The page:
Nobel Winner Maria Ressa On Embracing Fear And Standing Up To Strongmen
In January 2018, when the Philippine securities commission revoked Rappler’s registration and said it would be shut down, Maria Ressa and her co-founders held a “general assembly where we explained what the shutdown order meant and how we would demand accountability”.
They told the young journalists working at Rappler, the investigative news organisation Ressa co-founded in 2012, that they could leave if they wanted and that they would help them find alternate employment. Everybody said they wanted to stay. It’s another matter that Rappler challenged the order and never did shut down, but everyone in the newsroom did something else that day.
They all posed for a picture, where you can see many of them smiling. “The photo was for us,” says Ressa. “Often times, when you’re under attack, you forget to lift your head, you forget to smile, you forget the joy.”
When she sent the photo to her publisher to be included in her forthcoming book How to Stand Up To A Dictator, she captioned it: ‘Adversity becomes us’.
When Ressa first saw the cover of her book she felt awkward that her publisher had thought fit to include ‘Nobel Prize Nominee’ prominently on the jacket. “I wondered if it was necessary,” she tells me over the phone on Oct. 10, two days after she found out about her big win.
As Ressa’s book cover was updated, there had still not been any official acknowledgment of her award from the Malacañang Palace, the official residence and office of Philippines President Rodrigo Duterte. “After years of trying to silence Maria Ressa, it is Duterte who has been silenced by her Nobel Peace Prize,” physician and writer Gideon Lasco tweeted.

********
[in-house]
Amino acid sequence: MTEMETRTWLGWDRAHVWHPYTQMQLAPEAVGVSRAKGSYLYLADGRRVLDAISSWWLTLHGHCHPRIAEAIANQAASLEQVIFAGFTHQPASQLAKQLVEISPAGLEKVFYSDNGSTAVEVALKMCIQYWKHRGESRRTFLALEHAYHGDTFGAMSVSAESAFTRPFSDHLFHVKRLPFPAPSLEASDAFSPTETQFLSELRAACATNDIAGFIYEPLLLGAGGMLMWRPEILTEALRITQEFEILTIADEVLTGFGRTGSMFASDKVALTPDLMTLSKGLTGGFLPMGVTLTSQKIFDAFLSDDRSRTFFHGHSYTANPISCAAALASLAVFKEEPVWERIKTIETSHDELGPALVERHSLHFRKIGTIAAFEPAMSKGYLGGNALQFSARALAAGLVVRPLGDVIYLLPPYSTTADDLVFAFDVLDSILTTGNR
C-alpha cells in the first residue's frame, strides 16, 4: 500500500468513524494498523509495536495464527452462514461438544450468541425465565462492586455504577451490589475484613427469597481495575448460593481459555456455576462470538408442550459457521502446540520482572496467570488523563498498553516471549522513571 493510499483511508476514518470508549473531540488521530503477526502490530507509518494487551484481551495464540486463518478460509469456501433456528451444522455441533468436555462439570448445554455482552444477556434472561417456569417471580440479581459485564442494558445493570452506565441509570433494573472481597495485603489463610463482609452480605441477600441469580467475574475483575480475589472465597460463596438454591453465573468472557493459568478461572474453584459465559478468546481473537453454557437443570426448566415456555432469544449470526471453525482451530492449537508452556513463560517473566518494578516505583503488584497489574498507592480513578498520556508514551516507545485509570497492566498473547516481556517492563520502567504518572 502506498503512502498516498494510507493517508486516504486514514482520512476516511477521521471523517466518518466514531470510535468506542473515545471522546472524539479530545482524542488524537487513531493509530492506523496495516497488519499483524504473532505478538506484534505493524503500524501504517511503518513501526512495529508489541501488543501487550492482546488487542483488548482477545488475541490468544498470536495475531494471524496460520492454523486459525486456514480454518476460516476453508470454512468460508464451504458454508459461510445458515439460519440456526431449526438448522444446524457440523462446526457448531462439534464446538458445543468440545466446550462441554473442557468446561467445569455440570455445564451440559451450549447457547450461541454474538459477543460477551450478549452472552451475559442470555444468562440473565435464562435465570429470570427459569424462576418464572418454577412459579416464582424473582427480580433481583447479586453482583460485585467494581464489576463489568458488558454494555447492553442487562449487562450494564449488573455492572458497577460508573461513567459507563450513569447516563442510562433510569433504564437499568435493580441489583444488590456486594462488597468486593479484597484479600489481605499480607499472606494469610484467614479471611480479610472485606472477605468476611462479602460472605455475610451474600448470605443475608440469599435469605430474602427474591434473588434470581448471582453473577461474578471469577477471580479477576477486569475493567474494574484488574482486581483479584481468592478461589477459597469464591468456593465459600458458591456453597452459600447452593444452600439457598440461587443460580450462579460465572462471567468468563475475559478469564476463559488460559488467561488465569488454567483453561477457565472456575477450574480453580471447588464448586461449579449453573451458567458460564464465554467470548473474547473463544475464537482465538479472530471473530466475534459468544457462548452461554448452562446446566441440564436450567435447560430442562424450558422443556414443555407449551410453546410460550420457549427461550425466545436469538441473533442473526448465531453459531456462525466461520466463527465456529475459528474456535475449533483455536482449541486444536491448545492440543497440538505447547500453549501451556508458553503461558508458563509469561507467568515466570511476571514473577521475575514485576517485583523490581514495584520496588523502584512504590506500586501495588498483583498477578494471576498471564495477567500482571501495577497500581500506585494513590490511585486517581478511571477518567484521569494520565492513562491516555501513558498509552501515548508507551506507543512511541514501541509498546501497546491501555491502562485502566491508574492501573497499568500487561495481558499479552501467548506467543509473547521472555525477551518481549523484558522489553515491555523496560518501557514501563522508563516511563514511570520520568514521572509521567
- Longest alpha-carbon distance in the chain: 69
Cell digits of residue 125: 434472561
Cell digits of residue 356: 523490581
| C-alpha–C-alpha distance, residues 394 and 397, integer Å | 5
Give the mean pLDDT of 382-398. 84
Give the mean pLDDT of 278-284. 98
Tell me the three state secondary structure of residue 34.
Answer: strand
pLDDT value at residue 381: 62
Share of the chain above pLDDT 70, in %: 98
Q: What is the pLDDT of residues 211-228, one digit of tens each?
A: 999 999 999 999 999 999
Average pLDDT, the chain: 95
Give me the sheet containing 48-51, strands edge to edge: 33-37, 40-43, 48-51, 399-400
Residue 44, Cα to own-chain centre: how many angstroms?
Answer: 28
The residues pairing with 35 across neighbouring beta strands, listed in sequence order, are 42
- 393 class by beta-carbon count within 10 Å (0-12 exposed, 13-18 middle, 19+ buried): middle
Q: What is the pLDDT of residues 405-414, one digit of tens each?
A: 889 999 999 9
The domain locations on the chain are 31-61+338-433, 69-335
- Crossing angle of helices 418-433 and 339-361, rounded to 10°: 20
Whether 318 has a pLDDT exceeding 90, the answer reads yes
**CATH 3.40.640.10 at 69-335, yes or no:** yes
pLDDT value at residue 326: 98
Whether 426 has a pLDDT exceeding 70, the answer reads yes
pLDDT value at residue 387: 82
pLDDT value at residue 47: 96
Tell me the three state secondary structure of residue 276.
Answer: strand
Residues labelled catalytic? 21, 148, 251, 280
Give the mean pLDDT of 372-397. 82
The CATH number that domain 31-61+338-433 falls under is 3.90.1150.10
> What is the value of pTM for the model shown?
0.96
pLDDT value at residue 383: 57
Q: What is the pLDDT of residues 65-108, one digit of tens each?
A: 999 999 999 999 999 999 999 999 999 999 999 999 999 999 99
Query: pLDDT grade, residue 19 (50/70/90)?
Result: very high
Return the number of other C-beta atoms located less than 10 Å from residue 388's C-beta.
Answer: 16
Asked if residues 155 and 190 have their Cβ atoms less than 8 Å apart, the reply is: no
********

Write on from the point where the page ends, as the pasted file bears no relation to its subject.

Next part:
Ressa, the first Filipino Nobel laureate (and only the 18th woman) to win the Nobel Peace Prize, shared the honour with Russian Dmitry Muratov, a first for journalists since 1935. “They are representatives of all journalists who stand up for this ideal in a world in which democracy and freedom of the press face increasingly adverse conditions,” Berit Reiss-Andersen, chair of the Nobel Committee said. Watch Ressa’s first reaction:
For global independent media struggling to survive in a world governed by “press freedom predators” (that’s how Reporters Sans Frontiers described 37 heads of state in July 2021), journalism’s surprise big win is a much-needed shot of hope. The leaders of the Philippines and India made it to the RSF list.